Senate sex trafficking bill wins 60 co-sponsors

Senate sex trafficking bill wins 60 co-sponsors
© Greg Nash

A Senate sex trafficking bill that has worried the tech industry now has the support of 60 co-sponsors, ensuring that the legislation will be able to bypass a filibuster.

Sens. Rob PortmanRobert (Rob) Jones PortmanSoured on Fox, Trump may be seeking new propaganda outlet On The Money: McConnell: Talking about fifth coronavirus bill 'in next month or so' | Boosted unemployment benefits on the chopping block | Women suffering steeper job losses from COVID-19 Kudlow: 0-per-week boost to unemployment benefits won't 'survive the next round of talks' MORE (R-Ohio) and Richard Blumenthal (D-Conn.), the original sponsors of the bill, announced on Wednesday that the legislation had won over three more Republican senators: Mike RoundsMarion (Mike) Michael RoundsGOP senators urge Trump not to restrict guest worker visas Burr decision sends shock waves through Senate Lawmakers move to boost federal cybersecurity in annual defense bill MORE (S.D.), Richard ShelbyRichard Craig ShelbyTop Republican says Trump greenlit budget fix for VA health care GOP senators not tested for coronavirus before lunch with Trump McConnell, GOP senators support exempting VA health funds from budget caps MORE (Ala.) and Pat RobertsCharles (Pat) Patrick RobertsGovernment watchdog: 'No evidence' Pompeo violated Hatch Act with Kansas trips The 10 Senate seats most likely to flip State Department scrutiny threatens Pompeo's political ambitions MORE (Kan.).

“Today is another important milestone in our fight to hold online sex traffickers accountable and help give trafficking survivors the justice they deserve,” Portman and Blumenthal said in a joint statement. “There continues to be strong bipartisan support and momentum for this bill, and behind our efforts to help ensure that sex traffickers are brought to justice.“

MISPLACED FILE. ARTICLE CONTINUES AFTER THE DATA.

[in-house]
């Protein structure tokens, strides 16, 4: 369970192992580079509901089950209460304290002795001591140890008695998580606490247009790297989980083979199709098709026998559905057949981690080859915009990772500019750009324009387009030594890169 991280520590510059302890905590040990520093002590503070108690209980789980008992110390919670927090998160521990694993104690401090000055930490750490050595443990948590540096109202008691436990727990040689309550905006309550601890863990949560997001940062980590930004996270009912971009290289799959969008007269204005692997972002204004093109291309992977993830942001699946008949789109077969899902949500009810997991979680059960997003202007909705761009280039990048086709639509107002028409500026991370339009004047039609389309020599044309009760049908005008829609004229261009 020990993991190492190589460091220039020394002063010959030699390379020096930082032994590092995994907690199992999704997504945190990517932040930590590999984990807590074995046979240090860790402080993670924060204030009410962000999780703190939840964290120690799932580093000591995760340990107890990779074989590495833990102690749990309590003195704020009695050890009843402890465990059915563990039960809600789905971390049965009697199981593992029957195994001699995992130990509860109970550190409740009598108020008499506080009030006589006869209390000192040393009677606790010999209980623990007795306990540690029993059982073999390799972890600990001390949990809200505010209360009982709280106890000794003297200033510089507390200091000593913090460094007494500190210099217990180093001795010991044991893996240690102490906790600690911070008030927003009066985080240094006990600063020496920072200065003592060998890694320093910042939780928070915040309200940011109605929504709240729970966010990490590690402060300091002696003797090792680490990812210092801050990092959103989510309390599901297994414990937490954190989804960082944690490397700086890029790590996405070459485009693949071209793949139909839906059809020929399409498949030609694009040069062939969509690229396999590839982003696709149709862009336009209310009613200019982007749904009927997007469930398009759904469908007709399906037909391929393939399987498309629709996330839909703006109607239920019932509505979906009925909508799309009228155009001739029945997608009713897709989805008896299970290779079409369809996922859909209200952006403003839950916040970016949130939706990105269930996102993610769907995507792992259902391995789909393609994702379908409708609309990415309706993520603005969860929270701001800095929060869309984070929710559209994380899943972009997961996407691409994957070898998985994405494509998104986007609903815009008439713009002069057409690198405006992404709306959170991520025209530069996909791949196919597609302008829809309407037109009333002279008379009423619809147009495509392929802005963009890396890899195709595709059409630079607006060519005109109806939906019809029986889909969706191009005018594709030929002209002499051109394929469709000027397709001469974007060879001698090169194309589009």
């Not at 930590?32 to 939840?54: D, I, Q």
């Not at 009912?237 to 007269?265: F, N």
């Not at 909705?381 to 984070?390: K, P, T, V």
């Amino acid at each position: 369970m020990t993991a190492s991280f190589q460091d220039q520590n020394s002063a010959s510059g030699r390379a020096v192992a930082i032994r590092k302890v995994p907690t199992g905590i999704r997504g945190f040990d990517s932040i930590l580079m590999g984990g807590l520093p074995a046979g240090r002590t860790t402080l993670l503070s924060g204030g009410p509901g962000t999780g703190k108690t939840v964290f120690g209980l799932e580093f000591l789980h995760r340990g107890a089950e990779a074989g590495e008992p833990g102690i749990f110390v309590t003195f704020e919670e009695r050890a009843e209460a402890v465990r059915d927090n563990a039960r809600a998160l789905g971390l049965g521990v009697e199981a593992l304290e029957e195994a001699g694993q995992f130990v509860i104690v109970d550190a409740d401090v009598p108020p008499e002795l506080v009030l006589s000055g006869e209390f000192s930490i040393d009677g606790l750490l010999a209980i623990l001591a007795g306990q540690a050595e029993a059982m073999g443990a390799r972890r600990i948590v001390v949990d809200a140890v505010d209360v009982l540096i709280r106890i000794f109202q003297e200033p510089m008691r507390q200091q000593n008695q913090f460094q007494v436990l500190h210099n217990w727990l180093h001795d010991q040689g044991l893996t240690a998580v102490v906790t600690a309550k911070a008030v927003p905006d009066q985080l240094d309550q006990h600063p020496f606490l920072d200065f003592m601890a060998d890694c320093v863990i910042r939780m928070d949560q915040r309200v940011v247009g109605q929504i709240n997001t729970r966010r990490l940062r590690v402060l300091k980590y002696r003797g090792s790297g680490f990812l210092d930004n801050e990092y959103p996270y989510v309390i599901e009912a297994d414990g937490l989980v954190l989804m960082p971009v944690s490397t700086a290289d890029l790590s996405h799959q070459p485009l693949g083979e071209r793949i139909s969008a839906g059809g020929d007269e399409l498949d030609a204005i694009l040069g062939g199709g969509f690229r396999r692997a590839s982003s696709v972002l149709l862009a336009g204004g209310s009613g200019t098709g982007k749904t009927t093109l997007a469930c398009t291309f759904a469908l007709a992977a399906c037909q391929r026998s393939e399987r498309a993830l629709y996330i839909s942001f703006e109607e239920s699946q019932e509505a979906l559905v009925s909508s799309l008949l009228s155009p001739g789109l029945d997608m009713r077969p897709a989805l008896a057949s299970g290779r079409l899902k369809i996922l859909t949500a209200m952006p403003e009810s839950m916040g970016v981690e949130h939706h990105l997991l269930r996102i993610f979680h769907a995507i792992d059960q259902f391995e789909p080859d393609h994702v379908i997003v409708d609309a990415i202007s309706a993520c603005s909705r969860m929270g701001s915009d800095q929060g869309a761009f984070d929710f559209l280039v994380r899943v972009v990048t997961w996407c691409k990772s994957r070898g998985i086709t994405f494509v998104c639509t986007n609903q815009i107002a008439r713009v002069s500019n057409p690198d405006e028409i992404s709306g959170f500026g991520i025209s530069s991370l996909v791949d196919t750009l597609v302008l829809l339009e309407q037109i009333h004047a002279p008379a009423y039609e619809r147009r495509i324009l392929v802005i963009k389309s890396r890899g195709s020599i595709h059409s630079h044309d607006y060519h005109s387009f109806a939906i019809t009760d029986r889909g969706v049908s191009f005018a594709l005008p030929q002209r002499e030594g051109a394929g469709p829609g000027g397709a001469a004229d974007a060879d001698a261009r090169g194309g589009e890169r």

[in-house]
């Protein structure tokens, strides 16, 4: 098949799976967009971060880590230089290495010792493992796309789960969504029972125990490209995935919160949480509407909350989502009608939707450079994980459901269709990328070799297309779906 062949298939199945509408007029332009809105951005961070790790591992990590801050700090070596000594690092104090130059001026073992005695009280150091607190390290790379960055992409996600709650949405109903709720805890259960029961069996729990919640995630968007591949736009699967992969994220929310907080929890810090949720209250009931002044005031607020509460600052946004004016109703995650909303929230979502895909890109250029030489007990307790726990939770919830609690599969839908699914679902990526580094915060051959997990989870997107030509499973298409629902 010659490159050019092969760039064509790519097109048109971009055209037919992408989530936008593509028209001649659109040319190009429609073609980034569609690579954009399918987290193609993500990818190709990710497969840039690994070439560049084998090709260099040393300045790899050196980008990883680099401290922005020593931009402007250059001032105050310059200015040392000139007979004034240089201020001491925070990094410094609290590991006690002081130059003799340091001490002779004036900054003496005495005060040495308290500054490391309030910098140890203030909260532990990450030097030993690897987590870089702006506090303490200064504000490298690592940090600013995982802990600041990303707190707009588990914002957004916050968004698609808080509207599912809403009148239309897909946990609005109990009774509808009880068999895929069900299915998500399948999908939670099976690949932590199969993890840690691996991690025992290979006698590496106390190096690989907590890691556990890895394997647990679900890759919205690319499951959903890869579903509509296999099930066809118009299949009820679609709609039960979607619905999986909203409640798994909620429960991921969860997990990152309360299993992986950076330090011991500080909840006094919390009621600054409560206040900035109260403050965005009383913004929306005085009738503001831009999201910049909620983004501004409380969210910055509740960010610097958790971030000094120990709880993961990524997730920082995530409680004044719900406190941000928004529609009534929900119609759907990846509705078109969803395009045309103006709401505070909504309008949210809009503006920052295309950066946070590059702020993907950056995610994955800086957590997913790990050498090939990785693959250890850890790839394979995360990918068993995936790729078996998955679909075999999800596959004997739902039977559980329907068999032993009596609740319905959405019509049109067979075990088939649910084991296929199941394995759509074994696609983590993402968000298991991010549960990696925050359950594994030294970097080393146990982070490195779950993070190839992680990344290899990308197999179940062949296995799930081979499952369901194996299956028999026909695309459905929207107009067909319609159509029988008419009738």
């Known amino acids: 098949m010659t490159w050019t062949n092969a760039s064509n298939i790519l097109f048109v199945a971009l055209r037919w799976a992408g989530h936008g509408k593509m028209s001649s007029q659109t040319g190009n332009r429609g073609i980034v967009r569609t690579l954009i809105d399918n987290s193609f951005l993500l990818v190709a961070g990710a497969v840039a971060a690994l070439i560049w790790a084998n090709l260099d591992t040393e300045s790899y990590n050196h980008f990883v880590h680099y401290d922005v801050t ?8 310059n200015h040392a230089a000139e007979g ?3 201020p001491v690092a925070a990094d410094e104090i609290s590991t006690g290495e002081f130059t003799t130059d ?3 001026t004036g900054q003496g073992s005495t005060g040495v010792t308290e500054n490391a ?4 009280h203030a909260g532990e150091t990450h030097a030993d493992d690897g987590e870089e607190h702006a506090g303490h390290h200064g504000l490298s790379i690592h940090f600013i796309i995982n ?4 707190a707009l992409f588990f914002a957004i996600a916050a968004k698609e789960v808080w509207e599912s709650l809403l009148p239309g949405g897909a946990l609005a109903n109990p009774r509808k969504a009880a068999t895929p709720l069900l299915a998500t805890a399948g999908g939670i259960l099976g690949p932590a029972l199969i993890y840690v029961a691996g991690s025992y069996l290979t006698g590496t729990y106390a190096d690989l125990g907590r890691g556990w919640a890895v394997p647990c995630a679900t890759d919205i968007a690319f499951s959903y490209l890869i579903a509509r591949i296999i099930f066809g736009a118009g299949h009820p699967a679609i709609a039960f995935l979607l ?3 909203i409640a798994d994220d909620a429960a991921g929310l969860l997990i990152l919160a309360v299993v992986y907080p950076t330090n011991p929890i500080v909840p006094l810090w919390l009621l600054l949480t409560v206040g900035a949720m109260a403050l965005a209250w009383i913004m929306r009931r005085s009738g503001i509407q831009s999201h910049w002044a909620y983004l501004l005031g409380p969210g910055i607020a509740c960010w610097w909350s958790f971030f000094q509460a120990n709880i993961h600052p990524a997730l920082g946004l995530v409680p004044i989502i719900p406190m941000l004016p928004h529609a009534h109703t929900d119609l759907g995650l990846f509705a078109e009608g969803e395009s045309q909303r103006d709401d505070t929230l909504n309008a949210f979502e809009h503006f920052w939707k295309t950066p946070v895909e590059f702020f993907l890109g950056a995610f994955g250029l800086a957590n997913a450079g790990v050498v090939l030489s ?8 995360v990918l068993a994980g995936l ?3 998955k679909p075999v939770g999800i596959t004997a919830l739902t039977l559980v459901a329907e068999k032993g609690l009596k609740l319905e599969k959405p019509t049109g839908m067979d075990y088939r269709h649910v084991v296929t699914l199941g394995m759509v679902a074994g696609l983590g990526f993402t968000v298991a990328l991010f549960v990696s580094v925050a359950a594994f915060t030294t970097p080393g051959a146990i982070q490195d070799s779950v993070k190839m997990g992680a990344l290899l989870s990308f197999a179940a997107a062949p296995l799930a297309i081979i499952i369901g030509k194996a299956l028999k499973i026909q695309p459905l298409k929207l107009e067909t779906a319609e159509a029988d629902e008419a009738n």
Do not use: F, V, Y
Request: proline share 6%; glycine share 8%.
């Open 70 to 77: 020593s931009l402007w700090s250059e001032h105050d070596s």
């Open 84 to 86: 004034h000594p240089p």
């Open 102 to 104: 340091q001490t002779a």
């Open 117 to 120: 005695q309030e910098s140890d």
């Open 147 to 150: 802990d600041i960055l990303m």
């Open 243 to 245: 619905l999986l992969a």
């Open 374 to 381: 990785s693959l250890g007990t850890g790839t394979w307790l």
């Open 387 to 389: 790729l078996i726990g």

ADVERTISEMENT

The two urged the Senate to vote on the bill as soon as possible.

The Stop Enabling Sex Traffickers Act (SESTA) would make it easier for prosecutors and victims to take legal action against websites that facilitate sex trafficking. But critics, including much of the tech industry, argue that it would also hurt legitimate online platforms by chipping away at the legal protections websites have when it comes to content posted by third parties.

SESTA’s tech critics have largely backed a competing House bill, Allow States and Victims to Fight Online Sex Trafficking Act (FOSTA), that they believe would leave their legal protections intact. Meanwhile, Portman, Blumenthal and some victims groups say it doesn’t go far enough in cracking down on bad actors online.

SESTA was unanimously approved by the Senate Commerce Committee in November and is currently awaiting a floor vote. Sen. Ron WydenRonald (Ron) Lee WydenSenate Democrats pump brakes on new stimulus checks Voting rights, public health officials roll out guidelines to protect voters from COVID-19 Twitter adds fact-checking labels to hundreds of tweets despite Trump attacks MORE (D-Ore.) had announced a public hold on the bill at the time, though it now likely has enough support to clear any procedural hurdles.